05 Aug The Jackson Hole Five
ATTRACTION, ATTACHMENT, AWE — all come with having a sense of place, a strong resonance to one particular locale on Earth, which speaks to us in a language that feels tailored to our hearts. For artists, this sense of place serves as a generous wellspring for inspiration. With paintbrushes in hand, they translate the languages of their most beloved and intimately known landscapes. And with singular style, they render the terrain, animals, light, and people through which those places continuously express themselves.
Artists Amy Lay, Kathy Wipfler, Amy Ringholz, September Vhay, and Kathryn Turner all paint Jackson Hole, Wyoming, but each woman portrays it in a uniquely impactful way. “The Jackson Hole Five,” an exhibition that took place this past winter and spring at the Booth Western Art Museum in Cartersville, Georgia, showcased the influence of one iconic place on five different artists.
“We really thought there was a unique bond that these five artists shared, all living and working in Jackson Hole,” says the Booth’s executive director Seth Hopkins, who conceived the show with museum curator Lisa Wheeler. “The flora and fauna and dramatic landscape around Jackson Hole are really deep in all of their work,” he adds. “They all go out and photograph, sketch, or observe wildlife in nature, and it shows in the essence of their paintings. This not only provided a unifying theme for the exhibit, but it also gives their work a lot of its power.”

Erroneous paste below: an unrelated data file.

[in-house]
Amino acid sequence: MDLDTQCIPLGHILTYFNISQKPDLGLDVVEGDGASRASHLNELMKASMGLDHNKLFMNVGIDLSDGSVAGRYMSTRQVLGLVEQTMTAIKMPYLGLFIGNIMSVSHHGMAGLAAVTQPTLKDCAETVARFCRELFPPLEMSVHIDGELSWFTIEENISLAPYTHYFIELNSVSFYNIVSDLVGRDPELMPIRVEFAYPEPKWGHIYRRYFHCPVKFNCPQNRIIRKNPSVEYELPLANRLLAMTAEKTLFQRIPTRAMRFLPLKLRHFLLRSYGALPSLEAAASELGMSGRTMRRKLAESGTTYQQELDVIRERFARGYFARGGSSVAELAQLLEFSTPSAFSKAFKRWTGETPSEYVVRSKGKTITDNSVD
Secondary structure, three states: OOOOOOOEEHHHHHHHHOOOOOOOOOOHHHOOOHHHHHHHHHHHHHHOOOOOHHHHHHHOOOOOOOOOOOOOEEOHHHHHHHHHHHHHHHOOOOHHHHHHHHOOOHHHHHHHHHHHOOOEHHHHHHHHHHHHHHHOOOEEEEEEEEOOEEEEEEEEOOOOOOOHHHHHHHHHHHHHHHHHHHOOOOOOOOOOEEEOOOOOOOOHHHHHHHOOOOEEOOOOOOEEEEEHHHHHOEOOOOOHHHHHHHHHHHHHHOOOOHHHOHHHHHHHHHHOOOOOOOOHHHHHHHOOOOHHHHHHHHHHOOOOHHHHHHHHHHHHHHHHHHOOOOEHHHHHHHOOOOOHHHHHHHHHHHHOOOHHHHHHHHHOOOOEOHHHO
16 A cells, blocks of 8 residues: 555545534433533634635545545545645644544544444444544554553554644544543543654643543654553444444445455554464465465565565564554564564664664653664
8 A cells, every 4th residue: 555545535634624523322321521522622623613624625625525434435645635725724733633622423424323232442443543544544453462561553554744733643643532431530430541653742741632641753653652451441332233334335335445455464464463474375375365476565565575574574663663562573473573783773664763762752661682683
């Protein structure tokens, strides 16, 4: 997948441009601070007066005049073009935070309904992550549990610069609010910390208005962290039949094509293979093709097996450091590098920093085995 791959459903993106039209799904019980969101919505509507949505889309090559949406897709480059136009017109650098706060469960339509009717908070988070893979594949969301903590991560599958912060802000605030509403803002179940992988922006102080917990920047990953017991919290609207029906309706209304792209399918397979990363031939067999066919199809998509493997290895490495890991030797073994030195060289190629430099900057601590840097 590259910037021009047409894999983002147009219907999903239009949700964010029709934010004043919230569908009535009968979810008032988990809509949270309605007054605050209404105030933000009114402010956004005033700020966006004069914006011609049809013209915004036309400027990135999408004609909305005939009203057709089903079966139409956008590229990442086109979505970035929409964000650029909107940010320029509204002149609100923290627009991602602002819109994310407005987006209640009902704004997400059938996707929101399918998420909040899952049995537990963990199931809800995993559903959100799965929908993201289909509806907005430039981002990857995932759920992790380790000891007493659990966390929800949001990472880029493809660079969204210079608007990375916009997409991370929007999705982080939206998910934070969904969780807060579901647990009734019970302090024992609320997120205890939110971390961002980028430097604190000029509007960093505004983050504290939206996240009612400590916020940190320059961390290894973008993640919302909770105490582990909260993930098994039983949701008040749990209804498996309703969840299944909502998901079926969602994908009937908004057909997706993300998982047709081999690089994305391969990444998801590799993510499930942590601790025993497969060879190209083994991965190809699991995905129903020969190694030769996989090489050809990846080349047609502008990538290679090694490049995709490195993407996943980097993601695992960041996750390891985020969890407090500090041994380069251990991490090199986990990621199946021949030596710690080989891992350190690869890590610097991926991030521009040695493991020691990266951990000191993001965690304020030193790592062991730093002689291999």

The works exhibited in “The Jackson Hole Five” ranged from down-to-earth depictions of landscapes, horses, and working cowboys to modern and mystical portraits of wild animals.
“Painting is my voice to others, telling of the relationship I have with nature,” says Amy Lay, whose ethereal wildlife paintings are made with pencil, charcoal, and oil washes. “I have a heavy watercolor influence in my work and try to maintain that with oils. By using a thin wash, I’m able to let my original pencil line drawing show through. I think it gives that raw, lively feel.”
Lay’s paintings often synthesize two or more kinds of animals. They illuminate the interconnection of all forms of life and tell this important truth through imagery that feels enchantingly dreamlike. And the fantastical nature of Lay’s paintings comes from a deliberate reliance on her own imagination. “I try to limit my use of reference photography,” she says. “I think this gives my animals a look that is all mine — not realism, but whimsy.” In Lay’s Teach Me the Raven Ways, a bear’s cobalt-colored paws communicate kinship with a gathering of deep blue ravens.